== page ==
guns holidays

When Did Guns Become Celebratory Firecrackers?

When did guns become celebratory firecrackers during the holidays? Forget “for a friend,” I’m asking for me! Sadly, this has garnered the name, “celebratory gunfire,” but statistics prove that it can cause injuries, and sometimes, death.


guns holidays
Photo: Tsvetoslav Hristov on Unsplash


As a kid, I can recall heading to the cul-de-sac with my parents on our street in Alta Loma, California to be shown how to handle simple firecrackers, like sparklers. Then, my dad would light the Snakes, which began as small, black pill-like pellets, but puffed and elongated into slim snakes slithering on the ground.

Okay, those were just weird because they really look more like dead branches that have fallen from a tree. But as a kid, it was the coolest thing ever, and creeped me out at the same time!


Considering that I’ve witnessed my dad actually chop the heads off live snakes with his shovel, and burn them in a can is quite ironic here.

The big, white house he and my mother made a home on a hill back then boasted an amazing orchard in the back, where coyotes and various snakes infiltrated often. To watch my dad chop a snake’s head off and then burn its body in pieces ceremoniously as the entire house stood around watching was both scary and strangely awesome at the same time.

I still think he is the bravest dad ever!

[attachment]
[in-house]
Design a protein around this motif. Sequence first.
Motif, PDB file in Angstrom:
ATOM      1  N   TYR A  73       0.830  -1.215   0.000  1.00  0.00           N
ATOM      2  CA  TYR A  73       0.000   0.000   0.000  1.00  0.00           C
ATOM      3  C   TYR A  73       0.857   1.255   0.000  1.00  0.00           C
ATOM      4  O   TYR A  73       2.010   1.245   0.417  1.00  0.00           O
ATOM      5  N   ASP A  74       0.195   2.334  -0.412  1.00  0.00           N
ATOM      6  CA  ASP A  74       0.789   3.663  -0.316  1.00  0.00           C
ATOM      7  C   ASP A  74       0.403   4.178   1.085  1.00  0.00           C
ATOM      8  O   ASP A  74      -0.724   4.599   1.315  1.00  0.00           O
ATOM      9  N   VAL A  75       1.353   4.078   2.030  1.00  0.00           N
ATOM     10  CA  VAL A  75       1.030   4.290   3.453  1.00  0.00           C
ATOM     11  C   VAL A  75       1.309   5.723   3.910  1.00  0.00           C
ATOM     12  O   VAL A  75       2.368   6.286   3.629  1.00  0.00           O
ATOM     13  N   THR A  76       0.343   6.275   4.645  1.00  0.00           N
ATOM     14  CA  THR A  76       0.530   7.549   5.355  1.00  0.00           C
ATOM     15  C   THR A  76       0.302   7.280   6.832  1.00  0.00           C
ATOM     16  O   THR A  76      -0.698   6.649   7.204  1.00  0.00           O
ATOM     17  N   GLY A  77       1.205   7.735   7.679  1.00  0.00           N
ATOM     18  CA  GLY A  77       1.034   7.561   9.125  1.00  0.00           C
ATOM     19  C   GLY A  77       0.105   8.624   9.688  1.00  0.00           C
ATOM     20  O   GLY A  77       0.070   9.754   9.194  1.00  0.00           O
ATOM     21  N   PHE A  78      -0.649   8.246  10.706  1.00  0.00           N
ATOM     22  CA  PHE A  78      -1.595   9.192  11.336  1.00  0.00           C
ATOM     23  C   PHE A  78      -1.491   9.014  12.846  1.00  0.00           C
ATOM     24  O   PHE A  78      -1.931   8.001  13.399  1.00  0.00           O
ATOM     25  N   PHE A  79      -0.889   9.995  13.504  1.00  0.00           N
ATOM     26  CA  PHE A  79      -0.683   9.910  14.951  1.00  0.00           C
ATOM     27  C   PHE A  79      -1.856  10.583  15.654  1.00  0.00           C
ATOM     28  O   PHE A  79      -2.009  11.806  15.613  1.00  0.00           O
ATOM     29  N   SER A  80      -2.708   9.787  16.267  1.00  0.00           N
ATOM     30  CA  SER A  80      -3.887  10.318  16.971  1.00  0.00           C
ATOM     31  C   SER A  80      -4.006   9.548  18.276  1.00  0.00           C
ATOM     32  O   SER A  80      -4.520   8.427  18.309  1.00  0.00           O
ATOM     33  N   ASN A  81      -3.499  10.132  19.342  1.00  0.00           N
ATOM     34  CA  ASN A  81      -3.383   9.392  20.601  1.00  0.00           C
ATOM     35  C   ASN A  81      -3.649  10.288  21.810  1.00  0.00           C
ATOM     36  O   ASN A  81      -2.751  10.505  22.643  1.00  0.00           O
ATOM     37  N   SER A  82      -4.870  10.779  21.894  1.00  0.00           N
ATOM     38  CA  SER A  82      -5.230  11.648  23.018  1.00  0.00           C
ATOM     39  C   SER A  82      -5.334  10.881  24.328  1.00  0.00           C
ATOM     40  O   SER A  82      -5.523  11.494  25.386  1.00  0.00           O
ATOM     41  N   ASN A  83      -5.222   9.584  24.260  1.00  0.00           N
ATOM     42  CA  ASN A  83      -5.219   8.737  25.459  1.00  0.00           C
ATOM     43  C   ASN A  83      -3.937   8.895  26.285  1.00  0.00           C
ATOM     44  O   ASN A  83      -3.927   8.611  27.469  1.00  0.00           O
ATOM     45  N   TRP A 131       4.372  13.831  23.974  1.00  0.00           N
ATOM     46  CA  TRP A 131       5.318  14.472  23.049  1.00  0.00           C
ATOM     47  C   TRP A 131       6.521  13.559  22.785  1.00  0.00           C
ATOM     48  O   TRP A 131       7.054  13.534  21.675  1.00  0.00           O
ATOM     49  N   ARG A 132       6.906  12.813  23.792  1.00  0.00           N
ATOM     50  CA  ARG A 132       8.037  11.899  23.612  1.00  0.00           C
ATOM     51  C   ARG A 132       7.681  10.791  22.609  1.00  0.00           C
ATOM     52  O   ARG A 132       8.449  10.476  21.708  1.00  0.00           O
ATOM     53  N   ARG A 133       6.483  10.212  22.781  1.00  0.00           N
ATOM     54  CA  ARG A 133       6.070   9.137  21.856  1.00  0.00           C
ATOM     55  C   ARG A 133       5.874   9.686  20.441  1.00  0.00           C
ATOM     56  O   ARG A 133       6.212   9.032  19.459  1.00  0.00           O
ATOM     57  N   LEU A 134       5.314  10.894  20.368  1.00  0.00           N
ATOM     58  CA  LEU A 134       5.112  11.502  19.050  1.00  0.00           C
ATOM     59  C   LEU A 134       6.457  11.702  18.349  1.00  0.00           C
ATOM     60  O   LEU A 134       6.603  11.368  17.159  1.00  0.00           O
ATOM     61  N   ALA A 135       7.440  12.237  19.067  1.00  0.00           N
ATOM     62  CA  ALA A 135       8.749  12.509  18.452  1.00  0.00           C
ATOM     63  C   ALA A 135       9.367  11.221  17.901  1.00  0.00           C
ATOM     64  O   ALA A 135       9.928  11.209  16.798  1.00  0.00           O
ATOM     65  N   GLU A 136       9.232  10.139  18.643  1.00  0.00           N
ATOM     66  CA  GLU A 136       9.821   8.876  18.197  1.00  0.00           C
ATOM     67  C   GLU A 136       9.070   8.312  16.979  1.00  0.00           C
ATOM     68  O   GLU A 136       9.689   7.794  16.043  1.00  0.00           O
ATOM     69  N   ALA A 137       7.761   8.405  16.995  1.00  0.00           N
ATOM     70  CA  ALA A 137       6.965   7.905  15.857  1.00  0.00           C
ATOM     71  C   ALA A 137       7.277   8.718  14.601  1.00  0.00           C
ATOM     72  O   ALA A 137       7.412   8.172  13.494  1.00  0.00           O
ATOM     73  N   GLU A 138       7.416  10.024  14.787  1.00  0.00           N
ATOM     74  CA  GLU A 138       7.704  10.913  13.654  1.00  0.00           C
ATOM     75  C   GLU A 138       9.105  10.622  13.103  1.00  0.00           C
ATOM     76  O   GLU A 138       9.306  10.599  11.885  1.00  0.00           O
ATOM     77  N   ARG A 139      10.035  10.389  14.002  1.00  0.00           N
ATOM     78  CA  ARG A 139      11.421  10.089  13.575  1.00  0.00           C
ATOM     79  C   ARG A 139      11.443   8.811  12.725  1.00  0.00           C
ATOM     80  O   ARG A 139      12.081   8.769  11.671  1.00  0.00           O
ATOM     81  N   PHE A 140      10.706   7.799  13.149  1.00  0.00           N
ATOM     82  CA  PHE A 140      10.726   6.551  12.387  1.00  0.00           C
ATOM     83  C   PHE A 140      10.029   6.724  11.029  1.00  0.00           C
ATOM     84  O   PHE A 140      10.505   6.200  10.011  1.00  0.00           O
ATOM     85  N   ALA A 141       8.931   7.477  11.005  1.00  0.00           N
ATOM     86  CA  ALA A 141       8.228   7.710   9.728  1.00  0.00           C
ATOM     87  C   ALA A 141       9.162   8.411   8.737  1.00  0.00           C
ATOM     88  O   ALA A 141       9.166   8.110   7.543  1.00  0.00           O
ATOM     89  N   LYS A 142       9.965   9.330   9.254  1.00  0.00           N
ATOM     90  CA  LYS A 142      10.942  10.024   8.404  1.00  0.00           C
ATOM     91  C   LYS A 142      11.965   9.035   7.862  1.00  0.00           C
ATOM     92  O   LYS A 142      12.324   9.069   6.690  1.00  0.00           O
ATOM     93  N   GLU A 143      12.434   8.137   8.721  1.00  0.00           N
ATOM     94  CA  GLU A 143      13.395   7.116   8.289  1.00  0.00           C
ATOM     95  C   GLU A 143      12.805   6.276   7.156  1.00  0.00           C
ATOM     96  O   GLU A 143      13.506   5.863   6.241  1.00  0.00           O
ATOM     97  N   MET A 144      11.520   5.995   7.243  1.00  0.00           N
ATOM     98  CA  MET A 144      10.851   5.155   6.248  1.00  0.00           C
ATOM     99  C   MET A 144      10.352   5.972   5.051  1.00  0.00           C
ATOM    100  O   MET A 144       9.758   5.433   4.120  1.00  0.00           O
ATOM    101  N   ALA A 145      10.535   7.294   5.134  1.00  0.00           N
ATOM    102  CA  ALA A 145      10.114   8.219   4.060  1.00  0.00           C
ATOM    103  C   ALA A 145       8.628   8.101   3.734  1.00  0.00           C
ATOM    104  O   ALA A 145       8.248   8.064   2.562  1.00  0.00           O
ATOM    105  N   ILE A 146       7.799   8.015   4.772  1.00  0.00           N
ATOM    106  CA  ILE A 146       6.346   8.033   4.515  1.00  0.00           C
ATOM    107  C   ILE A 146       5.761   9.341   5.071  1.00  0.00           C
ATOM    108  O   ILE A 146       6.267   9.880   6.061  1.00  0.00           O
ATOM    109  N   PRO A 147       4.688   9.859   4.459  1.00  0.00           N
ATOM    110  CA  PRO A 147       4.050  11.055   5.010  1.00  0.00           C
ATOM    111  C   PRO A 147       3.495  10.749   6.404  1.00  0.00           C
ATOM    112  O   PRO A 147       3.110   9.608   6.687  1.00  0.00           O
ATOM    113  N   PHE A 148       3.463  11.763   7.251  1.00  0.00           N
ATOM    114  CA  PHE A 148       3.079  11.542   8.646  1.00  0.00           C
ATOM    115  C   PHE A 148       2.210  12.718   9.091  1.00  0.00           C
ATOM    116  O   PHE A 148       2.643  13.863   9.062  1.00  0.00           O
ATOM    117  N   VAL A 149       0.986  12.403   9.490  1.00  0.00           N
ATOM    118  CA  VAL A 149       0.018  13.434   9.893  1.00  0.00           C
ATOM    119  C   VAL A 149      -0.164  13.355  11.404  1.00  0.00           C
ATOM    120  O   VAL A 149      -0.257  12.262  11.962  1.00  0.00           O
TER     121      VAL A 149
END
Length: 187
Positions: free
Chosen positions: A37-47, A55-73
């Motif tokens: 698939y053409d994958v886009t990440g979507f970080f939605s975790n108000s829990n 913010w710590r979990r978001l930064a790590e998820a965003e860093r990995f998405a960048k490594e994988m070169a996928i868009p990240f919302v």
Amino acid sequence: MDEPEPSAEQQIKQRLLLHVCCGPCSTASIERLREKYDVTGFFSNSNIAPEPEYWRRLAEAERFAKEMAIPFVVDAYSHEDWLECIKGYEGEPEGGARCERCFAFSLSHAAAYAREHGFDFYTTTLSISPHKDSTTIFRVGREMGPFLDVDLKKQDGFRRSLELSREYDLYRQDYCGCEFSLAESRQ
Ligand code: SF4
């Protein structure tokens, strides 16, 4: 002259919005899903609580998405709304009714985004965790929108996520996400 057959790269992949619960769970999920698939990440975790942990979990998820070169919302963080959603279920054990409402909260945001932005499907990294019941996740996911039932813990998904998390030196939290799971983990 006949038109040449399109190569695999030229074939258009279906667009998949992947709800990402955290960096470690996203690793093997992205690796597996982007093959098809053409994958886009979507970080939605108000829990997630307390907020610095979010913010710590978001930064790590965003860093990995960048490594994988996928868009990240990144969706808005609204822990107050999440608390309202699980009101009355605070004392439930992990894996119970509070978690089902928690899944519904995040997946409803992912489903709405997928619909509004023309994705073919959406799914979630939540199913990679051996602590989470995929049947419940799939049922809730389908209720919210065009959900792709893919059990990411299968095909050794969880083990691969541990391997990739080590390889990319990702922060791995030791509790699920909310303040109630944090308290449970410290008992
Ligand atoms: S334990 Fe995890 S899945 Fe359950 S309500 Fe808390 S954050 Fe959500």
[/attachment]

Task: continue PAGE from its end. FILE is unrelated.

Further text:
Now, 40 years later, we are far past snake fireworks and sparklers in the community. No matter the holiday, whether it’s Memorial Day, New Year’s, or July 4th at minimum, early mornings and evenings are filled with what seems to be shotguns and handhelds smoking in the community. Not just lighting up snake fireworks.

It matters not what side of town I’m on, so to think this is just a Black or “hood” thing would be presumptuous.

What matters is that the bullets from these rounds shot haphazardly into the air eventually land somewhere – or in someone.

Following a 2003 CDC study done around New Year’s in Puerto Rico, in just a 2-day span, 43 people were injured by gunfire, with 65% of those injuries caused by celebratory gunfire, which is classified by the International Classification of Diseases as “unintentional firearm injury.”

celebratory gunfire injuries 2003
Photo: U.S. Center for Disease Control
celebratory noncelebratory gunfire injury
Photo: U.S. Center for Disease Control


Just this past New Year’s, a Durham, NC woman was killed by celebratory gunfire. This follows a similar gunfire death the city experienced in 2020 when a 74-year-old grandmother didn’t make it home on July 4th to see her family.

Prior to these cases, in 2013, 7-year-old Brendon Mackey was shot in the head and killed by what was believed to be celebratory gunfire while walking to enjoy an Independence-Day fireworks display at a public park in Virginia.

celebratory gunfire kids
Photo: Yong Chuan Tan on Unsplash


Two years before that, in Kansas City, Missouri, 11-year-old Blair Shanahan-Lane collapsed in her Uncle’s yard on July 4th after being struck in the neck by a stray bullet shot from a pistol as a group of men celebrated blocks away. The owner of the gun received three years in prison for involuntary manslaughter.

I hope we’re tired of it. I expect we all will go out and get sparklers, and snakes and poppers, instead.